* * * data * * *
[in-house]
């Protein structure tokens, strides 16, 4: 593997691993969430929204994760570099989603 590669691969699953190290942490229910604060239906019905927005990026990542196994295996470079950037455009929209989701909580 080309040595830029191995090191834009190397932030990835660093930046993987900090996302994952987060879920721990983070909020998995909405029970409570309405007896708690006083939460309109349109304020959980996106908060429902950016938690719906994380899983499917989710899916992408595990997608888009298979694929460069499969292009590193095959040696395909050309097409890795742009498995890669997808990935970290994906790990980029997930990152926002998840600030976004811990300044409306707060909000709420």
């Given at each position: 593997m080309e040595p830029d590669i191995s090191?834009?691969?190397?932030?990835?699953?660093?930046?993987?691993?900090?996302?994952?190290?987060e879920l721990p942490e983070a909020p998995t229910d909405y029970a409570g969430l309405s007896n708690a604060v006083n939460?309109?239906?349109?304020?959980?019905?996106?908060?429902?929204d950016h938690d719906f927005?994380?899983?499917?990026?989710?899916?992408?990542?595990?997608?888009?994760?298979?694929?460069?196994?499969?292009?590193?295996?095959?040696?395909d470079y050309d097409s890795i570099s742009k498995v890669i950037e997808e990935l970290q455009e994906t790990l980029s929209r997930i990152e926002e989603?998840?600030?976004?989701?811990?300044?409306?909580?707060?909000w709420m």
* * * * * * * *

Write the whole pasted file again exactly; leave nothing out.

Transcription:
[in-house]
């Protein structure tokens, strides 16, 4: 593997691993969430929204994760570099989603 590669691969699953190290942490229910604060239906019905927005990026990542196994295996470079950037455009929209989701909580 080309040595830029191995090191834009190397932030990835660093930046993987900090996302994952987060879920721990983070909020998995909405029970409570309405007896708690006083939460309109349109304020959980996106908060429902950016938690719906994380899983499917989710899916992408595990997608888009298979694929460069499969292009590193095959040696395909050309097409890795742009498995890669997808990935970290994906790990980029997930990152926002998840600030976004811990300044409306707060909000709420």
């Given at each position: 593997m080309e040595p830029d590669i191995s090191?834009?691969?190397?932030?990835?699953?660093?930046?993987?691993?900090?996302?994952?190290?987060e879920l721990p942490e983070a909020p998995t229910d909405y029970a409570g969430l309405s007896n708690a604060v006083n939460?309109?239906?349109?304020?959980?019905?996106?908060?429902?929204d950016h938690d719906f927005?994380?899983?499917?990026?989710?899916?992408?990542?595990?997608?888009?994760?298979?694929?460069?196994?499969?292009?590193?295996?095959?040696?395909d470079y050309d097409s890795i570099s742009k498995v890669i950037e997808e990935l970290q455009e994906t790990l980029s929209r997930i990152e926002e989603?998840?600030?976004?989701?811990?300044?409306?909580?707060?909000w709420m």